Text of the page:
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WINNIPEG, Manitoba (LifeSiteNews) — A provincial judge “quashed” the University of Manitoba’s decision to expel Coptic Orthodox student Rafael Zaki for publicly expressing his pro-life religious beliefs in a Facebook post in 2019.  

According to the National Post, Zaki, a medical student at the University of Manitoba whose family had emigrated from Egypt over concerns of religious freedom, was dismissed from the university two years ago. His expulsion was upheld twice in 2020 by school committees, until his case was brought in front of a provincial court, which ruled in his favor. 

“The decision is quashed,” provincial judge Ken Champagne said Wednesday, August 11. 

Champagne, in his decision, stated that the school failed to consider Zaki’s Charter rights to freedom of expression.  

The university’s Progress Committee, a collection of faculty members that review student conduct, rejected five different apologies written by Zaki claiming they “lacked sincerity” and that he hadn’t had a “change of opinion.” 

The judge, who ruled that requiring Zaki to “change” his beliefs was a violation of his Charter rights, said “He would not and could not change his deeply held pro-life religious beliefs.”  

In addition to violating Zaki’s Chater rights, Champagne’s decision also stated that there was a bias held toward the student by the school’s associate dean of undergraduate medical education, Dr. Ira Ripstein.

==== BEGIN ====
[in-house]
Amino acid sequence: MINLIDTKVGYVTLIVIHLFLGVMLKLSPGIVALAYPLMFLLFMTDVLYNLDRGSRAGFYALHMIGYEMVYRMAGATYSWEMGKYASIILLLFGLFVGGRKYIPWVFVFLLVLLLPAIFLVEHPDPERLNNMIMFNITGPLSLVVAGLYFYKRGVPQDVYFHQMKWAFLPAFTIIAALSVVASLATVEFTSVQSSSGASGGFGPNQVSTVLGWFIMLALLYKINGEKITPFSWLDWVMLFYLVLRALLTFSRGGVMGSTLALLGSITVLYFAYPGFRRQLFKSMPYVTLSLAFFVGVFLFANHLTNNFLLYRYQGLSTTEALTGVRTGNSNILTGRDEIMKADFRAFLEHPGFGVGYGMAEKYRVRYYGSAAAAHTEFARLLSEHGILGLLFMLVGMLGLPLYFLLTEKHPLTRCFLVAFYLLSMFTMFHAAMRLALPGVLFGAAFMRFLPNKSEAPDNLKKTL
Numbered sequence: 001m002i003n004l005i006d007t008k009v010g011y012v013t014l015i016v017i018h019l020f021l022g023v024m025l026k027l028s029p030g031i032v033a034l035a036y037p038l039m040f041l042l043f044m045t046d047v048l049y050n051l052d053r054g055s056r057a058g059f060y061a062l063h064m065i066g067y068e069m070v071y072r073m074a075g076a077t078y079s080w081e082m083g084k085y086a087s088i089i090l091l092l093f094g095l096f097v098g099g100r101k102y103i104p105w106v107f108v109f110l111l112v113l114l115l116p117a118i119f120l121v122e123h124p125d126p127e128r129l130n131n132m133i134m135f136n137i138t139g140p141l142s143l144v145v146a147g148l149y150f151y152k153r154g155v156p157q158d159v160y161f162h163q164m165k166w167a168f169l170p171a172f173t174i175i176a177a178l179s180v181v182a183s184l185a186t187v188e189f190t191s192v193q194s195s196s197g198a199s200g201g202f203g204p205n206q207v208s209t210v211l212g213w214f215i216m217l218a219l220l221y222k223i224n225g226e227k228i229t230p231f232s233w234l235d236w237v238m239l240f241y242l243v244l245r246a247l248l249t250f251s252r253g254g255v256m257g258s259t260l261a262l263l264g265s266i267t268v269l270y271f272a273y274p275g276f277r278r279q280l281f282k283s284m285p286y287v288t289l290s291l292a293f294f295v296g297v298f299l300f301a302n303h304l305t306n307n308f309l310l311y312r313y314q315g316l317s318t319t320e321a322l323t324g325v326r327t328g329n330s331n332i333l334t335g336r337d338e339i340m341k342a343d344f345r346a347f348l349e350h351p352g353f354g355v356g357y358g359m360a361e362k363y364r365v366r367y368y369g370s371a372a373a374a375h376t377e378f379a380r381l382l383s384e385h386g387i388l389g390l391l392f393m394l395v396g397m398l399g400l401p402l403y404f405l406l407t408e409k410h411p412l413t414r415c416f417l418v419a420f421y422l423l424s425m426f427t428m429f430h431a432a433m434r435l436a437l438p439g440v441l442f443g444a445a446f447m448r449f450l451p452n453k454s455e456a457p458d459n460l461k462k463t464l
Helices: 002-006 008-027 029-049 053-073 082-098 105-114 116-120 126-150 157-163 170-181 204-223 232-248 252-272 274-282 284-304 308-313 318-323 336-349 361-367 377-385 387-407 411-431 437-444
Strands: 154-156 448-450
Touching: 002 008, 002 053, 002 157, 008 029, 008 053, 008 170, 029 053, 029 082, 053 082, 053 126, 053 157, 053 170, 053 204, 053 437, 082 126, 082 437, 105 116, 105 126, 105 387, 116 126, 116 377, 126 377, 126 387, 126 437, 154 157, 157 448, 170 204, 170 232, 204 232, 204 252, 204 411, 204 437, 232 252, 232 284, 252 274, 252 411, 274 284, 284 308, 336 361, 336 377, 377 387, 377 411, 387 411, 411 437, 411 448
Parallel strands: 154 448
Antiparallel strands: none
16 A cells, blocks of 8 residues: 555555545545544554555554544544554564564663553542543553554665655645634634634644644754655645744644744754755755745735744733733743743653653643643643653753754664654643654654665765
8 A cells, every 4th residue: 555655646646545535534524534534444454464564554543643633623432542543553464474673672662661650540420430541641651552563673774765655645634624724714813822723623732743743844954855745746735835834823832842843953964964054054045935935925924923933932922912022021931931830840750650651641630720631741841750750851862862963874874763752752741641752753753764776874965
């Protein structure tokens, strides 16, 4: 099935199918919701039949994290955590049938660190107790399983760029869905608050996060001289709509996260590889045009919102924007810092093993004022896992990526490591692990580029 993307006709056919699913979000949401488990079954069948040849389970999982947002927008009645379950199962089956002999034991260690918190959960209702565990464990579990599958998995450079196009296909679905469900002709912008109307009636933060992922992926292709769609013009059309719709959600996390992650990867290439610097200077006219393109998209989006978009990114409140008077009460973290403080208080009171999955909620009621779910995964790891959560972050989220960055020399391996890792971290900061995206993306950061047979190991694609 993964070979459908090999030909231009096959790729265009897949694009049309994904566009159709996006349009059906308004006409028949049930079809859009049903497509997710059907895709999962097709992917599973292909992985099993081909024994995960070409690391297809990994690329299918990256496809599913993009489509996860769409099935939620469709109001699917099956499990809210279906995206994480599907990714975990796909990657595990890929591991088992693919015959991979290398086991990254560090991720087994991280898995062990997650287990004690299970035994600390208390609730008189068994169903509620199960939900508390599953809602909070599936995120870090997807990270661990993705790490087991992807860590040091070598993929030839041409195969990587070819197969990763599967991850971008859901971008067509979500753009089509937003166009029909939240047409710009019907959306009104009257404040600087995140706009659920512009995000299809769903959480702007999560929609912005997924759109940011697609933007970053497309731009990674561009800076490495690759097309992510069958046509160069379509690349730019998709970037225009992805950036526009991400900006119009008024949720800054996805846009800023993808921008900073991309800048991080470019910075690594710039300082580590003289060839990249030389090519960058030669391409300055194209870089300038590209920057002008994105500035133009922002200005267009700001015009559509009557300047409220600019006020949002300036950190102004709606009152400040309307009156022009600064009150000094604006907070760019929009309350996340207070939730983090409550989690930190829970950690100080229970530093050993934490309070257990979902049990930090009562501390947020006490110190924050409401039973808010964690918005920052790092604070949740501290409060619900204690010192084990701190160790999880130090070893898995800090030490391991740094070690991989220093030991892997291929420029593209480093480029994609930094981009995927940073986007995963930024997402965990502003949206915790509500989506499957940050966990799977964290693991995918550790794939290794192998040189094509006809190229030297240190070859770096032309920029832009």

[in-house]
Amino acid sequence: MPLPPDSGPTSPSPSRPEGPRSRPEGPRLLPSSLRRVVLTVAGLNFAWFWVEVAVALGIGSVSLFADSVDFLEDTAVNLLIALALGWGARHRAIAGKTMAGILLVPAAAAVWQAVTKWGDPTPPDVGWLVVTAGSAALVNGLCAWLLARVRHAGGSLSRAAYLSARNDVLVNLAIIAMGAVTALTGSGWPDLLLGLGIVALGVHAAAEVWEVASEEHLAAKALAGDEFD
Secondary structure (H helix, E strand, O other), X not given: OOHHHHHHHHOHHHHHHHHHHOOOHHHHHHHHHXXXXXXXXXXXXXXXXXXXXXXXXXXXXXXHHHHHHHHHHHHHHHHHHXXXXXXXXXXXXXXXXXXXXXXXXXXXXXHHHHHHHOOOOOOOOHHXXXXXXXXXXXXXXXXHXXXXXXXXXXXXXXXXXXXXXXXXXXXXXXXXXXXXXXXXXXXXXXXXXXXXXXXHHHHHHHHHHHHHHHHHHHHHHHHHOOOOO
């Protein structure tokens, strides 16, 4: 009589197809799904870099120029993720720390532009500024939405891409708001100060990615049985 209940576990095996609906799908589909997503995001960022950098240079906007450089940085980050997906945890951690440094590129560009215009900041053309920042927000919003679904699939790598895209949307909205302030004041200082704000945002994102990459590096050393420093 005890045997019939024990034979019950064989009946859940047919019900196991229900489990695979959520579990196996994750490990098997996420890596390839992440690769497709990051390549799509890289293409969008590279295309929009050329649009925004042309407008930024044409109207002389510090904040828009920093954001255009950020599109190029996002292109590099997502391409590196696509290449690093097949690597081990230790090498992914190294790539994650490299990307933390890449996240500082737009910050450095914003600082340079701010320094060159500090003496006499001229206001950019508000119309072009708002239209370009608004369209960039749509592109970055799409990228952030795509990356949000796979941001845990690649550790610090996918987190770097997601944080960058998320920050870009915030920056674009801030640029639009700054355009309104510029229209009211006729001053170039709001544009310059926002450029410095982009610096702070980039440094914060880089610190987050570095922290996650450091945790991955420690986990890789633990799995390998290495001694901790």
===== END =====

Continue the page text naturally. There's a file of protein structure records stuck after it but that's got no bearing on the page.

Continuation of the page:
“(Zaki) describes Dr. Ripstein as serving multiple roles including investigator, prosecutor and judge. That is a fair description.”  

“[Ripstein] was involved not just in the medical college’s decision to expel Zaki but also in the final decision to affirm the expulsion,” continued the judge. 

“It is hardly surprising that they [the apologies] were all deemed insufficient, as the Progress Committee had already concluded Mr. Zaki should be dismissed,” Champagne concluded. 

Continuing to express how the bias Dr. Ripstein held against Zaki influenced his ruling, the judge said, “Dr. Ripstein played a central role in the expulsion of the applicant,” and that the “failure to examine and address his role and the reasonable apprehension of bias is a serious shortcoming.” 

As reported in the National Post, Zaki first came on the school’s radar for two Facebook posts he made defending the Second Amendment of the U.S. Constitution in 2019. But it was not until he published an pro-life essay on Facebook titled “Refuting the ‘Final Solution’ for Undocumented Infants: A Reconciliatory Formula” that the majority of the 18 anonymous complaints against him were filed, and he was brought under disciplinary review.  

The pro-life essay referred to doctors who performed abortions as “abortionists” and stated that abortion is “murder.” The essay also said the justice system should treat abortionists as murderers and prosecute them under the law. 

The school claimed that these opinions were “misogynistic” and had a “negative impact on the learning environment.” 

Zaki’s lawyer, Carol Crosson, celebrated her client’s victory, “[Zaki and his family] came here to find freedom, and then their son went through this at the university.”  

“For the first time in Manitoba, the Charter applies to disciplinary decisions made by universities in relation to students. That’s groundbreaking,” Crosson said, “I’m very happy for the family that the trek to freedom has been positive in the final result.” 

The judge’s decision forces the university panel to rehear Zaki’s case while maintaining the integrity of his Charter rights.